18. How hard up was Atlanta for a SS in 1976?????? This card must have impressed Atlanta. They traded Mike Lum for Chaney and he instantly became their starting SS, playing in 153 games. Only Larry Bowa played in more.

    He must have lost the good glove moniker because he led the league in errors.

    He did however hit a respectable .252 and was 8th in the league with 8 triples. Darrel lost the starting job to some kid named the Pat Rocket in ’77

    Probably the most interesting aspect to his non nondescript career is the fact in his last season in 1979, he played 1/3 of inning at catcher with someone stealing a base on him. Kudos to anyone who can find the boxscore and play by play for that one. I am distraught I can’t find the game. I went through all extra inning games and losing blowouts.

    Apparently he was still faster in his last season then Pepe Frias, as he PR for him on 9/24/70

  19. Hmmm not all search engines are created equal.
    Did google and internal search on baseball ref and could not find the game that chaney played catcher.

    Bing took me to here
    still had to scroll to find the game, but that just took a few seconds.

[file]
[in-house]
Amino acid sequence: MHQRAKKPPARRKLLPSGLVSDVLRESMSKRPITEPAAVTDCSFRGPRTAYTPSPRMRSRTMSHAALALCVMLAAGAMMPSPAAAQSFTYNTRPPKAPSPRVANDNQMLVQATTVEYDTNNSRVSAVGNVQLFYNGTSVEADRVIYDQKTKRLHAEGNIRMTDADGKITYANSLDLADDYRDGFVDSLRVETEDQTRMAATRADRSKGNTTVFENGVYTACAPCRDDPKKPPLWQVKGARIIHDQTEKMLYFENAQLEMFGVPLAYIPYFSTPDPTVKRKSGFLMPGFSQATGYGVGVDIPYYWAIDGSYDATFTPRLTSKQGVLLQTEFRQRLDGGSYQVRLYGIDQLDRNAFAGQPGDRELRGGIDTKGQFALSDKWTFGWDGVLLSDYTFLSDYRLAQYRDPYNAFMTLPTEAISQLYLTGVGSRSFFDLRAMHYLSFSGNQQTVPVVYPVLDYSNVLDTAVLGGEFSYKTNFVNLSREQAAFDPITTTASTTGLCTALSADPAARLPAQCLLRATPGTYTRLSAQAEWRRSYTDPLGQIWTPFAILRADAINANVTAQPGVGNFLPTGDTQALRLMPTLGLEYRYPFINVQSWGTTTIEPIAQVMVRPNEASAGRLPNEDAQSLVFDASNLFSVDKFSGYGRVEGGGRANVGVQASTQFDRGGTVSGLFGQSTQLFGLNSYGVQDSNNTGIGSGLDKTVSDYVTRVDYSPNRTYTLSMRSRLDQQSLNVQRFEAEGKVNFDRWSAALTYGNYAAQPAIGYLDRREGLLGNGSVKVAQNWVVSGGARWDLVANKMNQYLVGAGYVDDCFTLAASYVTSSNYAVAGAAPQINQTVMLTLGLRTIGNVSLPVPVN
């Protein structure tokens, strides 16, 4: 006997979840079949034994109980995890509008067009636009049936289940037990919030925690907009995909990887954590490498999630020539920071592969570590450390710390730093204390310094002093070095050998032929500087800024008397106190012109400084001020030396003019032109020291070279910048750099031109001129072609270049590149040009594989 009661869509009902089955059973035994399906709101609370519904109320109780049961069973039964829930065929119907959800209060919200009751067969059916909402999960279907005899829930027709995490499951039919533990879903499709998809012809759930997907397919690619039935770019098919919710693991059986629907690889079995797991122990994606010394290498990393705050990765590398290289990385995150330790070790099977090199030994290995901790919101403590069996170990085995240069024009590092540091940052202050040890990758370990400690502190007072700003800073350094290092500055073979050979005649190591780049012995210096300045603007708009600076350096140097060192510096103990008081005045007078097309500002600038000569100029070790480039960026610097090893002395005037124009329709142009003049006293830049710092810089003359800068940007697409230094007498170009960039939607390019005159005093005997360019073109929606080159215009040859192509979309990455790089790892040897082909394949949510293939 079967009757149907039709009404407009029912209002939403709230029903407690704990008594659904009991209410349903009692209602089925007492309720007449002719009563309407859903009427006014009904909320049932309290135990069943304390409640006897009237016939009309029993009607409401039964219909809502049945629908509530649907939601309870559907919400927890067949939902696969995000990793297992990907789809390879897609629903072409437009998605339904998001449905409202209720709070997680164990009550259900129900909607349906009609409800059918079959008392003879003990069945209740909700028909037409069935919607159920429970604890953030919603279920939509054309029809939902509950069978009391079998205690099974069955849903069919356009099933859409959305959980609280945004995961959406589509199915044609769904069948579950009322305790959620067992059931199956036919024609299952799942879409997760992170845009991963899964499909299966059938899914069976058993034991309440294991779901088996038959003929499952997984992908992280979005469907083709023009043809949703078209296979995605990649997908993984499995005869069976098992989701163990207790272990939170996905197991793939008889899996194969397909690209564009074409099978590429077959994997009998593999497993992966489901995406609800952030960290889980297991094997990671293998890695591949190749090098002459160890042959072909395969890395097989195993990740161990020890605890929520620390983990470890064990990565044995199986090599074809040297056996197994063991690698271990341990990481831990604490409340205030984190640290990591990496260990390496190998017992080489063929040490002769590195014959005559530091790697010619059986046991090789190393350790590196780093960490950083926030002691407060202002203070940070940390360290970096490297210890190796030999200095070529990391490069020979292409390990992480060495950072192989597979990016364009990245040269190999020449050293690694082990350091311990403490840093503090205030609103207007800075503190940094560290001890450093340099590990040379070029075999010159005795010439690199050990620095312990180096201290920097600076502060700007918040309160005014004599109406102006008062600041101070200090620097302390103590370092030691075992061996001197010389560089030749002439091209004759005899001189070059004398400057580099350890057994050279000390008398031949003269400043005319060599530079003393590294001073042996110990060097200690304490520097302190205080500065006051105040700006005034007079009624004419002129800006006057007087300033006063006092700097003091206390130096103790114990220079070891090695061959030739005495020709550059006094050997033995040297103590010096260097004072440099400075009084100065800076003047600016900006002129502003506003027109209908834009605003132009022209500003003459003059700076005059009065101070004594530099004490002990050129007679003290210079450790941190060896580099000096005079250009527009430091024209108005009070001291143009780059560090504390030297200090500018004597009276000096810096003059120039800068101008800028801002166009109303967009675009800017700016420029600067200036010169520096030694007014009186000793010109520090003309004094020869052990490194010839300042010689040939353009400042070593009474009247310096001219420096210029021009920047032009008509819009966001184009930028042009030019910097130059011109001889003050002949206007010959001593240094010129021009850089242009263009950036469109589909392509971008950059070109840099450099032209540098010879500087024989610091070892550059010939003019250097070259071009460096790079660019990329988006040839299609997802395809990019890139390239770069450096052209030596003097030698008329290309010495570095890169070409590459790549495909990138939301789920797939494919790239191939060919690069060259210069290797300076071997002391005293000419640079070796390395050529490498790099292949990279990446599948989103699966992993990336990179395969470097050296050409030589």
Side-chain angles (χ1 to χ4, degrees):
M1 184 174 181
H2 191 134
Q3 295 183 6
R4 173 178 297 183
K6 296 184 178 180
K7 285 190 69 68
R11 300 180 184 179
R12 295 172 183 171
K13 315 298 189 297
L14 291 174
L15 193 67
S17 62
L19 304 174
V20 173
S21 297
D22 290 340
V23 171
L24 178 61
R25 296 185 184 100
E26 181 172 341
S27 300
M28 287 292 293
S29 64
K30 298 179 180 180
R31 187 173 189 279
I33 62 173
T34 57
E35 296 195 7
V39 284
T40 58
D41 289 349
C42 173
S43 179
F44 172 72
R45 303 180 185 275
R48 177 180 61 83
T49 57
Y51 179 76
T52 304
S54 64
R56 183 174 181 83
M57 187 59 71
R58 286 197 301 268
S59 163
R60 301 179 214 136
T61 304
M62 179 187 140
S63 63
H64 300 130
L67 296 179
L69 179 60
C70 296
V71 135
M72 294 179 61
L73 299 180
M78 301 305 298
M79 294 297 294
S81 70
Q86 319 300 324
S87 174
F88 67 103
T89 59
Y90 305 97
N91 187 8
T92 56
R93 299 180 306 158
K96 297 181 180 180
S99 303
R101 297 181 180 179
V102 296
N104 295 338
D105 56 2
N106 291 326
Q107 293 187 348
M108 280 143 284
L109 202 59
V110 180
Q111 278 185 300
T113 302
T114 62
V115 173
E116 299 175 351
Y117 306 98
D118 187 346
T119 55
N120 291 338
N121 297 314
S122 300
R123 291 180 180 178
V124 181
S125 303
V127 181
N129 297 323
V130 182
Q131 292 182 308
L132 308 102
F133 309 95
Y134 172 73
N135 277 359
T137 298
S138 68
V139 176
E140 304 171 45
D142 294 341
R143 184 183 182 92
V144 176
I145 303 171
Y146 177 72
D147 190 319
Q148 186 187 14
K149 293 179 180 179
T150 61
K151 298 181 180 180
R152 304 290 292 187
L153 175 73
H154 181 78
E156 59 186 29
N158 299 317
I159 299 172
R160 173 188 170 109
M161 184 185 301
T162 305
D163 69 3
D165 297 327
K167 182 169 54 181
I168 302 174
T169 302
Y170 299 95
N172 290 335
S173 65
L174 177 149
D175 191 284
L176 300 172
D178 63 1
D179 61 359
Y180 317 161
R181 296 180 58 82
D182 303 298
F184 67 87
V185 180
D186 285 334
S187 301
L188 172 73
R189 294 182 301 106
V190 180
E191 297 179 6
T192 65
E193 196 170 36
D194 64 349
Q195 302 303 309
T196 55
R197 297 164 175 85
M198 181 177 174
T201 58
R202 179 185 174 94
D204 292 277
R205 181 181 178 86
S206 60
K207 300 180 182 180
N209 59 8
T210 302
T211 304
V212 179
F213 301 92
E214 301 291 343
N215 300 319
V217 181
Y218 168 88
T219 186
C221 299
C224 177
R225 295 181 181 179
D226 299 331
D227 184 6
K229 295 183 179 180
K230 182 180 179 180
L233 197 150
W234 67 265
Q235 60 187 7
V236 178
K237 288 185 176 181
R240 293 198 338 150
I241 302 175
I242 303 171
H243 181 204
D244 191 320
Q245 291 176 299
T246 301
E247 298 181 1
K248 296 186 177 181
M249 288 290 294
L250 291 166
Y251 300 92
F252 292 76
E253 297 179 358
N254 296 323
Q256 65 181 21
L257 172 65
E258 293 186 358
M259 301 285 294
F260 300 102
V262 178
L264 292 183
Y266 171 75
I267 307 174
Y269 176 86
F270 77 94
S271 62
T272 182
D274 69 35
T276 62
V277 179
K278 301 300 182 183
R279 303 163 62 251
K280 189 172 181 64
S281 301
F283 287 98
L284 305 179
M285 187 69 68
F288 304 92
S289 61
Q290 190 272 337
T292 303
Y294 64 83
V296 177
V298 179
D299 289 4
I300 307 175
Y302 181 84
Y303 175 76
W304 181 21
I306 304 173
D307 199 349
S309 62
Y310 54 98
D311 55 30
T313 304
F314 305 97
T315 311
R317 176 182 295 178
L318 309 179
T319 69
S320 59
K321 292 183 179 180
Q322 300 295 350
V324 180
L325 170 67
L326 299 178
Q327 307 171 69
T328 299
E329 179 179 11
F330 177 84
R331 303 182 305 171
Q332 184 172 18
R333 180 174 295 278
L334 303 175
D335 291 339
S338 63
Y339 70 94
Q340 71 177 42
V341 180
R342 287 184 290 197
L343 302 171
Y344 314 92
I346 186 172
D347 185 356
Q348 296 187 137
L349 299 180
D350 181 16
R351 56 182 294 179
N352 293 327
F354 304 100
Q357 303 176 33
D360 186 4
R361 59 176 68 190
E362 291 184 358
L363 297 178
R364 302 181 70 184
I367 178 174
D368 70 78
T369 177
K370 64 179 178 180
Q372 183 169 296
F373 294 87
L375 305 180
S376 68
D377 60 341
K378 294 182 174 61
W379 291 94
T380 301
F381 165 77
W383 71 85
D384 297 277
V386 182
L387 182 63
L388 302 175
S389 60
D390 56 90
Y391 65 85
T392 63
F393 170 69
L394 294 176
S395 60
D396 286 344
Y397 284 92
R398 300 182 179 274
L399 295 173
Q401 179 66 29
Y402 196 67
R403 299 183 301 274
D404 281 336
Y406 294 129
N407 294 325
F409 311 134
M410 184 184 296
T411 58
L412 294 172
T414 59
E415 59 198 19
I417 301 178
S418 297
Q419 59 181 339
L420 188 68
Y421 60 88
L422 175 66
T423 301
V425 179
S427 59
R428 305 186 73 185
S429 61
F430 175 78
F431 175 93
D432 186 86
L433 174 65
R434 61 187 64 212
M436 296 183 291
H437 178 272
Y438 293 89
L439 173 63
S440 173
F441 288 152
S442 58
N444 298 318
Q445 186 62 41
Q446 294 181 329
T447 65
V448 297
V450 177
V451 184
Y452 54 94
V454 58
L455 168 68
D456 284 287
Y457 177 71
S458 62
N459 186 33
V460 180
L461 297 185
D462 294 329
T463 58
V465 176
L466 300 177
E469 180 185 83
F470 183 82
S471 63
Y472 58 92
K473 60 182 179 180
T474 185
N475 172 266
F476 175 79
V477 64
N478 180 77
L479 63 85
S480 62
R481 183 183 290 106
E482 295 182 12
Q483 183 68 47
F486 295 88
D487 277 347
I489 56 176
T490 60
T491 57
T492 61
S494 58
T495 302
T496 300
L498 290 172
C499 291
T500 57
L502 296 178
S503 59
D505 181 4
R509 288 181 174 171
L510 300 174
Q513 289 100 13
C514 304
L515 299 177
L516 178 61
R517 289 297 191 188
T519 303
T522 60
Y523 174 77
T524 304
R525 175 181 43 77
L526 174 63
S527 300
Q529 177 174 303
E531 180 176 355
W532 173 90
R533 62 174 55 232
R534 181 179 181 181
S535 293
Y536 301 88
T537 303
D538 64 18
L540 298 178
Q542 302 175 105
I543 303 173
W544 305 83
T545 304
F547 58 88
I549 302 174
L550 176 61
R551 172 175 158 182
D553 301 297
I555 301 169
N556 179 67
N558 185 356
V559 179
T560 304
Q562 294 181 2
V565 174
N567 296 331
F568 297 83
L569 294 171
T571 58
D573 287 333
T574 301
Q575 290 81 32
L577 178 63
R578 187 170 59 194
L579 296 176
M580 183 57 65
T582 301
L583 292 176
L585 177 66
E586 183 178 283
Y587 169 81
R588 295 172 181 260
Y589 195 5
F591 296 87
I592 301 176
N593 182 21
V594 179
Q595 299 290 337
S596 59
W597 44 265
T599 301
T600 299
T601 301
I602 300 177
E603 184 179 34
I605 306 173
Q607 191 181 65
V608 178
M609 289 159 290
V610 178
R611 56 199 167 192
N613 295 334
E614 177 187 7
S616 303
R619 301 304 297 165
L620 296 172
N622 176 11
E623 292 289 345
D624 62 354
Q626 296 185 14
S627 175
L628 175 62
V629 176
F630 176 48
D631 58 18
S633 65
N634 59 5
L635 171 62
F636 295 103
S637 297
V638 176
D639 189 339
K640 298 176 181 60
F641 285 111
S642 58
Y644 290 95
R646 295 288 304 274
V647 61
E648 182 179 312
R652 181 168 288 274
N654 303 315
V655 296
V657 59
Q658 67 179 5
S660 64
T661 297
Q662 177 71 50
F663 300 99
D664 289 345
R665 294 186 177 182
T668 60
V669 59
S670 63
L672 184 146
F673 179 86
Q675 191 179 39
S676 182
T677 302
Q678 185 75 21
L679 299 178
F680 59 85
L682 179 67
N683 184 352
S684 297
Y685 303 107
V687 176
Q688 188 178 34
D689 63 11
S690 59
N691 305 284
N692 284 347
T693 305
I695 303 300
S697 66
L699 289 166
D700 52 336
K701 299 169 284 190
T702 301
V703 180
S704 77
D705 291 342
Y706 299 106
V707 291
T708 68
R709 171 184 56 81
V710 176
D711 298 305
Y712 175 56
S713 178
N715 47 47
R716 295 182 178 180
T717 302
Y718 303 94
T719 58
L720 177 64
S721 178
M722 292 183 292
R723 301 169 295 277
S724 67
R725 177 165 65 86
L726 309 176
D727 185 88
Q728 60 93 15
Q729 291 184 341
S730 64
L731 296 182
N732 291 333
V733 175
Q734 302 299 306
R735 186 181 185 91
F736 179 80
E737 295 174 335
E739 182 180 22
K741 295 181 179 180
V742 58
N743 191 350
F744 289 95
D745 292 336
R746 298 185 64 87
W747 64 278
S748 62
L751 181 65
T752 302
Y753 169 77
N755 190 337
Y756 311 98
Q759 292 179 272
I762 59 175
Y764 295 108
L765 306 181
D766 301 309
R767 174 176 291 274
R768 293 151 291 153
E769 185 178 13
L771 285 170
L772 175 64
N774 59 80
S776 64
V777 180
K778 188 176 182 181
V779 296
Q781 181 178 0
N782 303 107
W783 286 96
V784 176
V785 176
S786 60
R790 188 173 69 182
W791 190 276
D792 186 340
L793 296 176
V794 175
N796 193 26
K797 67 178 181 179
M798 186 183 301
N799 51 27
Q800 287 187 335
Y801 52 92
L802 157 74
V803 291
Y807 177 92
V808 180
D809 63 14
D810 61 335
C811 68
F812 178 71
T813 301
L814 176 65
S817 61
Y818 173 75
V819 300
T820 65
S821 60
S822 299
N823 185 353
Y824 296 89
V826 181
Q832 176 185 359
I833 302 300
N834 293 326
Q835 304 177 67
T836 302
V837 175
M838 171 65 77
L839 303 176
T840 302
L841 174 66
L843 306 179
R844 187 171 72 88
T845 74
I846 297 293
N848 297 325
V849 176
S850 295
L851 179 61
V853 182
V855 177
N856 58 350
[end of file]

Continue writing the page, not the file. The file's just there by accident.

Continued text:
I had to go back to basereference to get the pbp.

    SB: L Mazzilli (17, 3rd base off G Garber/D Chaney);

    I find it fascinating that chaney moved from 2nd to C. Dale Murphy who had plenty of C experience that season could easily had moved to C after PH for Pocoroba.

    So bottom of the 9th these were the defensive changes:
    Darrel Chaney moves from 2B to C
    Dale Murphy moves from PH to 1B
    Jerry Royster moves from 3B to 2B
    Bob Horner moves from 1B to 3B

    Mazilla steals 3rd on chaney and scores on the next play on a trevino single to left.

    Stranger yet….
    shows that game was suspended and finished on a later date.

    Murphy singled to left; game suspended after 8 innings
    because predetermined time had been reached (due to rain); game
    completed on 8-27; Garber forced Murphy (catcher to
    shortstop); Reardon threw a wild pitch [Garber to second];
    Royster grounded out (third to first); Matthews grounded out
    (third to first); 0 R, 1 H, 0 E, 1 LOB. Braves 1, Mets 1.

    HORNER CHANGED POSITIONS (PLAYING 3B); Mazzilli singled to
    right; Hebner grounded out (second to first) [Mazzilli to
    second]; Mazzilli stole third; Trevino singled to left [Mazzilli
    scored]; 1 R, 2 H, 0 E, 1 LOB. Braves 1, Mets 2.